Fourteen-year-old Saudah lives in one of the poorest areas of Kampala, the capital of Uganda. She wears a uniform and attends school just like the boys, but her access to education becomes compromised when she, like more than 2 billion others in the world, gets her period.
In Kampala, an eight-pack of pads costs the equivalent of $100 U.S. dollars, so she is forced to use scrap cloth that is unabsorbent and difficult to clean. With one toilet for every 60 students, she can forget about changing her cloth at school — there’s no privacy and no water. So she, like countless others around the world, is forced to make a difficult decision: use just one cloth for the entire day and risk leaks and infections, or stay home and miss out on her education?
In her new book “It’s Only Blood: Shattering the Taboo of Menstruation,” researcher Anna Dahlqvist traveled to Uganda, Kenya, Bangladesh and India to conduct interviews with women and activists about the connection between money, gender, power and menstrual shame.
What Dahlqvist discovers will be unsurprising to many: “that the unmet menstrual needs of women and girls puts them at a huge disadvantage to men, which contributes to their social, economic, and political subordination in the constant interplay between gender and power.”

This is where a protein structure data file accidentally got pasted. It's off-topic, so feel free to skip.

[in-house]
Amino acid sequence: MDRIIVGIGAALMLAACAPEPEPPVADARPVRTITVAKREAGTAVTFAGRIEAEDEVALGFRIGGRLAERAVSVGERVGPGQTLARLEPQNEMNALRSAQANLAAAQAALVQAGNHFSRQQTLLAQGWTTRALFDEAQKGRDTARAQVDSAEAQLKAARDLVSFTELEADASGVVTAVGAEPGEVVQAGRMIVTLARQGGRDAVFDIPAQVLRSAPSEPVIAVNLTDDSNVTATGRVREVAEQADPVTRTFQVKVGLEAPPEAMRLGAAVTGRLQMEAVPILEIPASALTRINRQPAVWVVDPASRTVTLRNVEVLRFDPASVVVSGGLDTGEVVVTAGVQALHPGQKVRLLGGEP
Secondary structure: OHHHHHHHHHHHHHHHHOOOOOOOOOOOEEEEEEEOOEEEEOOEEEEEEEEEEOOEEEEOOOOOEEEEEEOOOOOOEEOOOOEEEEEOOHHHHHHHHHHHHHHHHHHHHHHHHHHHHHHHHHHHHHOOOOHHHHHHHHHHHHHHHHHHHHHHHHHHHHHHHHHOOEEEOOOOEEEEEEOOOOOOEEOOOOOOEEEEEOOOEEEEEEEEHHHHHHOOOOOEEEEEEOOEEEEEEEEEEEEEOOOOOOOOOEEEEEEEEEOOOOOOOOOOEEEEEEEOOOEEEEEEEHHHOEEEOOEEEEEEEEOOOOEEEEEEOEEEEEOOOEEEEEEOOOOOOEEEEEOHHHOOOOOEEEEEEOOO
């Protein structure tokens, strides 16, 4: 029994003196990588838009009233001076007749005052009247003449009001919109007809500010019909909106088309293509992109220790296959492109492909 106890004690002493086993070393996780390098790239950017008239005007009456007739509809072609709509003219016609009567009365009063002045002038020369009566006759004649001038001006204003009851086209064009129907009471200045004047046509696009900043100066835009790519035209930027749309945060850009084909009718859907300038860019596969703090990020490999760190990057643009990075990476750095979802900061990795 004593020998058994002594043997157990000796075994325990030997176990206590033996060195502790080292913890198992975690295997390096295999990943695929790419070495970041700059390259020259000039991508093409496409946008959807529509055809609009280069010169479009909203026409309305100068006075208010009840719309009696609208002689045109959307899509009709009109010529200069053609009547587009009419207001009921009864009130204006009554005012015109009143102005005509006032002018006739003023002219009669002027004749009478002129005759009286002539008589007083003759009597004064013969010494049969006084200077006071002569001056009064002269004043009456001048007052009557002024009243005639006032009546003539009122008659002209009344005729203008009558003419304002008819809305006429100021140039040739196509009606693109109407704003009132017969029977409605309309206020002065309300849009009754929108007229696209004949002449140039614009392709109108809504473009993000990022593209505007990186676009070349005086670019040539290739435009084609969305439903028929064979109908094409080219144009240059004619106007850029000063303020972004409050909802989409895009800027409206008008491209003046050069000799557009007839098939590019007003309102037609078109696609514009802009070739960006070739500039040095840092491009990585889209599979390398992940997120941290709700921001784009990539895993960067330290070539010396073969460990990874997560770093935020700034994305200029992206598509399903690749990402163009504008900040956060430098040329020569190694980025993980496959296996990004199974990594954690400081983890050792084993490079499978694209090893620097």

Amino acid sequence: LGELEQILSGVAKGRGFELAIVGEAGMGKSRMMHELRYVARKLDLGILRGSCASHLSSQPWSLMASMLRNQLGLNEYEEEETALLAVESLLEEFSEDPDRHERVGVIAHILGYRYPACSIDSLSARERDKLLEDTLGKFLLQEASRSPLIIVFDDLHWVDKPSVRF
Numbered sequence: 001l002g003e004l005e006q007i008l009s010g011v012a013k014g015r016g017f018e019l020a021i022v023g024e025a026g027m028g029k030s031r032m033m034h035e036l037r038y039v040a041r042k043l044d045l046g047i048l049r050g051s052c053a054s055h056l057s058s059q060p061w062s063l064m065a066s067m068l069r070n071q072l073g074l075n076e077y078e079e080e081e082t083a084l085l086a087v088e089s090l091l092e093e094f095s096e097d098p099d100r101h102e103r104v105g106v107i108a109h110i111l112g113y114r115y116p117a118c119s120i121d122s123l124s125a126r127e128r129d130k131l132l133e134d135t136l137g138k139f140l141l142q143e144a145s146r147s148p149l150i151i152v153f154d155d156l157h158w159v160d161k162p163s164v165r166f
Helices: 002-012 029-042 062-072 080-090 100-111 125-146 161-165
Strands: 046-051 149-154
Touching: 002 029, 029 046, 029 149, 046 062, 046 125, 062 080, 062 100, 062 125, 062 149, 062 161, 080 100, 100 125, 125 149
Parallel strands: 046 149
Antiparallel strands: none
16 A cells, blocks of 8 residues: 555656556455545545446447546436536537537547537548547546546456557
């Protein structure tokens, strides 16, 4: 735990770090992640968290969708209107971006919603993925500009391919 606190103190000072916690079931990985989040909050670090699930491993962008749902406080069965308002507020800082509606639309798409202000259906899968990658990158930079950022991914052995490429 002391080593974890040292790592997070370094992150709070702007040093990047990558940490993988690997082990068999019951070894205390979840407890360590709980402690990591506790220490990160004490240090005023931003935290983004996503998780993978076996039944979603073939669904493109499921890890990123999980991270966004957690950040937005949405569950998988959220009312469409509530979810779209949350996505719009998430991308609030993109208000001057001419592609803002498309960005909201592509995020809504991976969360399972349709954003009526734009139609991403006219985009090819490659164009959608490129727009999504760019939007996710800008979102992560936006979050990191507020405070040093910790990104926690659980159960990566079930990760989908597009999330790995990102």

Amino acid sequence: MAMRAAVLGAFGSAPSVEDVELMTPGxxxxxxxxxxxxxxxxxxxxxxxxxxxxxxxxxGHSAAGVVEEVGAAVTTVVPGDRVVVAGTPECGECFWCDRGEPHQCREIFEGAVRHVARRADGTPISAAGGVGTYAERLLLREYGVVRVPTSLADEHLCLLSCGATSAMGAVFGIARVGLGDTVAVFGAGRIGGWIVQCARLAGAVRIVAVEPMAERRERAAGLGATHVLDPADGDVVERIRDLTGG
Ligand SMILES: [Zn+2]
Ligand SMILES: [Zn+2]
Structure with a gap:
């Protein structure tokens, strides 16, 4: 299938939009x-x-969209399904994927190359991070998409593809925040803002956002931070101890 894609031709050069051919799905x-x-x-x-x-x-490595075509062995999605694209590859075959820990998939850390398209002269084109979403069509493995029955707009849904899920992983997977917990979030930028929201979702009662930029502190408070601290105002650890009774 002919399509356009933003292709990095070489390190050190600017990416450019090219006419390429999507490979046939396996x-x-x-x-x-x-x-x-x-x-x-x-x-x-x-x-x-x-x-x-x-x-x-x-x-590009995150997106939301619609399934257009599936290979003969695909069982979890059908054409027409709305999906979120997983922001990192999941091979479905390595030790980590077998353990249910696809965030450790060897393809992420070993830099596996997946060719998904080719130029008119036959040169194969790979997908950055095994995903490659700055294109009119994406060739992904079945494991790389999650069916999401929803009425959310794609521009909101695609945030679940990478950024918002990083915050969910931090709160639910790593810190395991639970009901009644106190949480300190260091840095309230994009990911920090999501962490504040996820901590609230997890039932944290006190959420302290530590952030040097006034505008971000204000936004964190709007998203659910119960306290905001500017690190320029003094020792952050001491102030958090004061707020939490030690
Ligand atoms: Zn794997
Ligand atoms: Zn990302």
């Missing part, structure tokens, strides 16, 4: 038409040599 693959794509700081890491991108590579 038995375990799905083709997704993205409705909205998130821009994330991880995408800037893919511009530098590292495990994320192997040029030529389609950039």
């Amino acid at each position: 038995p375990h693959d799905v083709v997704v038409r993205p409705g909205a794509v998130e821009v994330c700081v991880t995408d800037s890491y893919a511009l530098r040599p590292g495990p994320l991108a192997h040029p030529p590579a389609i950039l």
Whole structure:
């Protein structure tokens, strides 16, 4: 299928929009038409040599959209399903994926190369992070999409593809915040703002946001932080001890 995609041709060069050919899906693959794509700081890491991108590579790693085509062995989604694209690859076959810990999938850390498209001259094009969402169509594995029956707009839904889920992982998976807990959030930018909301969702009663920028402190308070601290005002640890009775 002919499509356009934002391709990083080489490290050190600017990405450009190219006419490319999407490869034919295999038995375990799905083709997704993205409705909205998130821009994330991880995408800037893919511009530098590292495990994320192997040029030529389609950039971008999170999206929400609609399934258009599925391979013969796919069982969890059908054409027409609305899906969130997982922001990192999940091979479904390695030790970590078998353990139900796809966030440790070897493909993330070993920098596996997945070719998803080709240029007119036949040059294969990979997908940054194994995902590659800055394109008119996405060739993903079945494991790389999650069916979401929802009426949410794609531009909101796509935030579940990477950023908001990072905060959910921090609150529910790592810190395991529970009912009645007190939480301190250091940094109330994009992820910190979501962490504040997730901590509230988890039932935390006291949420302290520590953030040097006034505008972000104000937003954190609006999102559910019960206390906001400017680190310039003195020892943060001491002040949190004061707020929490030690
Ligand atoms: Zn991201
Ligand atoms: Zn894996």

“In the long run,” Dahlqvist explained, “by being denied access to education and work, women and girls are prevented from becoming equal citizens. They are held back.”
Breaking out of these taboos is difficult, Dahlqvist said, because activists often have to first show an impact on a company’s economic performance, or a school’s academic performance, before women are given access to “menstrual products, water, toilets, waste bins, and knowledge that are required for those who menstruate to have access to education, work or — well — just life on equal terms with those who do not menstruate.”
“Our bodies are celebrated when we bear children. But menstruation — a prerequisite for pregnancy — is something we are expected to hide,” Dahlqvist said.
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These downfalls don’t just occur in Third World countries, she said, but can be felt here in the United States. Dahlqvist references numerous lawsuits brought against Walmart for preventing employees from visiting the bathroom, as well as the fact that the Food and Drug Administration does not require manufacturers to disclose ingredients used in menstrual products.
Written in an accessible style, “It’s Only Blood” is a marvelous blend of individual women’s experiences, activism and academic research. While the text could benefit from a bit more structure, the subject matter is so compelling and engaging, it’s easy to get swept up in this important text.
A remarkable educational text for all genders, “It’s Only Blood” is eye-opening read.